Values for some Real Photograph Postcards
Stefano Neis of SCVIEW gave me permission to reprint his Real Photo Price Guide. There is a lot of excellent, up-to-date information here, which I thank Stefano for letting me reprint it ~ Ron Playle.
As far as what type of Real Photo (RP or RPPC)
postcards sell best... well ... read below for a brief listing of
#1) Older cards sell best.
#2) Small towns are MUCH better than cities.
#3) The US market is crazy about social history. They will get you
your best prices.
#4) Many US view collectors also collect RPs by topics all 50 of
Examples : Library's ; Masonic Temples; Elk's halls ; Court Houses
; Train Stations ; Airports ; trolley cars & Stations, Main
street views (Especially dirt streets)
#5) Regionally Western & Southern US postcards get the highest
values (Excluding major cities)
#6) Delaware postcards (older) are very hard to find.
#7) Advertising signs add much value to US RP postcards:
Signs for KEEN KUTTER, MOXIE, Coca Cola, Dr Pepper, VIN FIZ, on a
postcard are very desired.
#8) Automobiles where one can see the make of the car are
#9) Native Americans (Non Tourist type; generally pre 1910) are
#10) Derogatory anti-black themes can command $1000.00 and up (look under ETHNIC and SOCIAL HISTORY below) .
#11) Early (Pre 1918) Baseball Stadiums & players are HIGHLY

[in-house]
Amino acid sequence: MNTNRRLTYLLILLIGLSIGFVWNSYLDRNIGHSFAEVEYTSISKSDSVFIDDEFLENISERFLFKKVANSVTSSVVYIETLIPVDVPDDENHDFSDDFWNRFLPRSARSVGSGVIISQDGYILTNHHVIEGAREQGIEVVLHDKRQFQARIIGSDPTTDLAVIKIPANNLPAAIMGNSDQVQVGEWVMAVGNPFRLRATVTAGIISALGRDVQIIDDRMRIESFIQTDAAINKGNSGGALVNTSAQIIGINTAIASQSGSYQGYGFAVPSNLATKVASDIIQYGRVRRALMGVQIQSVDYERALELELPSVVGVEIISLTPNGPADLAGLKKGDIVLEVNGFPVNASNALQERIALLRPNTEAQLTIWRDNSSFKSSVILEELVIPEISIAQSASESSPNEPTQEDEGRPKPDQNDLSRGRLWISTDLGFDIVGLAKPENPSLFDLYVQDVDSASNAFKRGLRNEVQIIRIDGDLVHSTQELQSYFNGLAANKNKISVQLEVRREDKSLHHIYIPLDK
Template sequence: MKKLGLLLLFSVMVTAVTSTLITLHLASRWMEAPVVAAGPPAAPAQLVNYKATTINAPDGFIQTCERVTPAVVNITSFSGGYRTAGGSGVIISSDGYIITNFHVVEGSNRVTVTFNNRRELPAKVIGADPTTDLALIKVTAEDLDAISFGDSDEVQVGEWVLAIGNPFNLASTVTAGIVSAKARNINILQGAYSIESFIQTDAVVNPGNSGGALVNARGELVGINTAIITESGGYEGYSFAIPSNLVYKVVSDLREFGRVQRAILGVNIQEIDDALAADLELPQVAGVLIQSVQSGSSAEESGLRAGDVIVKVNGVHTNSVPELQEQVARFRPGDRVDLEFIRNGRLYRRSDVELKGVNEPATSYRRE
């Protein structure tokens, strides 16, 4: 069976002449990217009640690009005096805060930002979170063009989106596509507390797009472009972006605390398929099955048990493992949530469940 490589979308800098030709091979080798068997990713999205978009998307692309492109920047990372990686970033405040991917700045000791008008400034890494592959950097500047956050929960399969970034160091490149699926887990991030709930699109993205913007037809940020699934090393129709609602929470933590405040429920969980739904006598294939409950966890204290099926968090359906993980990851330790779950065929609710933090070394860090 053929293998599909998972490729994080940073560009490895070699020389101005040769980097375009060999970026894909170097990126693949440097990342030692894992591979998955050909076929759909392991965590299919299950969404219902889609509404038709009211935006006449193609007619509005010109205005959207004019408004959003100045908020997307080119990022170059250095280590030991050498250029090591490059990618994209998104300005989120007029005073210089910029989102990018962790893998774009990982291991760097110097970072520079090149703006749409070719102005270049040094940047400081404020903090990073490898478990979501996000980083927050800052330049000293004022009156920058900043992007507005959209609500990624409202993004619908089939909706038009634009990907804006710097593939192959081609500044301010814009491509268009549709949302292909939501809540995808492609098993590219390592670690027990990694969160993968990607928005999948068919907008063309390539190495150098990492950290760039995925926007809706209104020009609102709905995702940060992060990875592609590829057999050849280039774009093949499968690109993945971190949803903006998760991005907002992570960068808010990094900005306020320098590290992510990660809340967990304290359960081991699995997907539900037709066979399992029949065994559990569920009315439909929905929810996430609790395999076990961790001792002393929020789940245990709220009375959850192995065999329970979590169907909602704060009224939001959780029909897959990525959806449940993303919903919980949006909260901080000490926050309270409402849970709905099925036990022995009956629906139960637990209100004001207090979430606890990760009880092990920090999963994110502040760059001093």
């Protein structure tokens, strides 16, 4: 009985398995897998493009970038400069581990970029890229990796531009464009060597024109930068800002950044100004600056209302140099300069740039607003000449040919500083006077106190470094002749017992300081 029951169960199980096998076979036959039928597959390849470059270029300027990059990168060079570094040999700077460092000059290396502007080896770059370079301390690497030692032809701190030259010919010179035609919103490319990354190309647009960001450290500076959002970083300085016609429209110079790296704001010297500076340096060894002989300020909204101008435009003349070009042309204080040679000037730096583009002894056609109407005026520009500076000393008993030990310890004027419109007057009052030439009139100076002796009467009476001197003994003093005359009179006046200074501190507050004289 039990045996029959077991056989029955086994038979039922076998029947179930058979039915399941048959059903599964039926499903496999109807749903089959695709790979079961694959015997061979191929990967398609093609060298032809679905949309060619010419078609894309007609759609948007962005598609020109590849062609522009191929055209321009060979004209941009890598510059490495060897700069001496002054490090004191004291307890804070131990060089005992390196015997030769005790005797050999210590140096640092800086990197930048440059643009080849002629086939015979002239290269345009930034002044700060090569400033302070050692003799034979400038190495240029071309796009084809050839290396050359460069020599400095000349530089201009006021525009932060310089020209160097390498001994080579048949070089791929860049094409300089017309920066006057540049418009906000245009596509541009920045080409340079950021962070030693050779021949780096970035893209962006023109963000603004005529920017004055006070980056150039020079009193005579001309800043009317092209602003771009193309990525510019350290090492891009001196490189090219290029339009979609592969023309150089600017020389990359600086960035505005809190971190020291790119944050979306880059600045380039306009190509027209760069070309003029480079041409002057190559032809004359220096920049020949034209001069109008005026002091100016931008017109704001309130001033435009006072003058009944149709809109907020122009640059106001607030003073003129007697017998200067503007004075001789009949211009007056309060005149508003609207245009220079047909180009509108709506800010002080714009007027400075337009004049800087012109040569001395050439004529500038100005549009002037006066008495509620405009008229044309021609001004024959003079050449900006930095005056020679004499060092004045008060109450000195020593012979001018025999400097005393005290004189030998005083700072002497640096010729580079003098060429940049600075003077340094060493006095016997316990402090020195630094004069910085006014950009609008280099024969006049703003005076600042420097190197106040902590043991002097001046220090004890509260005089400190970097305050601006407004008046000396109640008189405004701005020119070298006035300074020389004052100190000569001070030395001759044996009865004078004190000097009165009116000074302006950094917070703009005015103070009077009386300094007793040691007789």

desired. Black Baseball cards can got upward of $10,000 USD.
Below is an excerpt from an article I wrote for a major Antique
publication that may help you price your better RPs
Values for Better Real Photograph (RPs or RPPCs) Postcards
Why are real photograph postcards now so pricey and so hard to
find? This quick guide below will attempt to explain both questions
and provide a current prices realized overview of the Real
Photograph postcard (RPPC) here in the US.
Postcard collecting is the third largest collectible hobby in the
USA. Since the 1980s this "new" hobby increasingly garners a
rapidly growing field of passionate & informed collectors. At
the top tier of the hobby is the format known as the RPPC (Real
Photograph Post Card).
If a picture speaks a thousand words, then a photographic image
conveys endless essays on what we as Americans are, where we came
from and what we have the potential to become. The
turn-of-the-century RPPC documented the transformation of an
agrarian society with the advent of the automobile, the telephone,
the airplane and an endless stream of modern inventions and
resulting changes to American life.
History itself is on display in RPPCs. And collectors will pay to
own a piece of history.
Example: If while searching in a family trunk, one found an RPPC of
a woman holding a banner reading "Woman Voters!" while she was
riding a Harley Davidson motorbike up the gangplank of the Titanic
in Ireland, one could easily surmise a sense of value to such an
image. If that image were proved to be one-of-a-kind, or at least
at most one of a few hundred, the value rises even more. Since this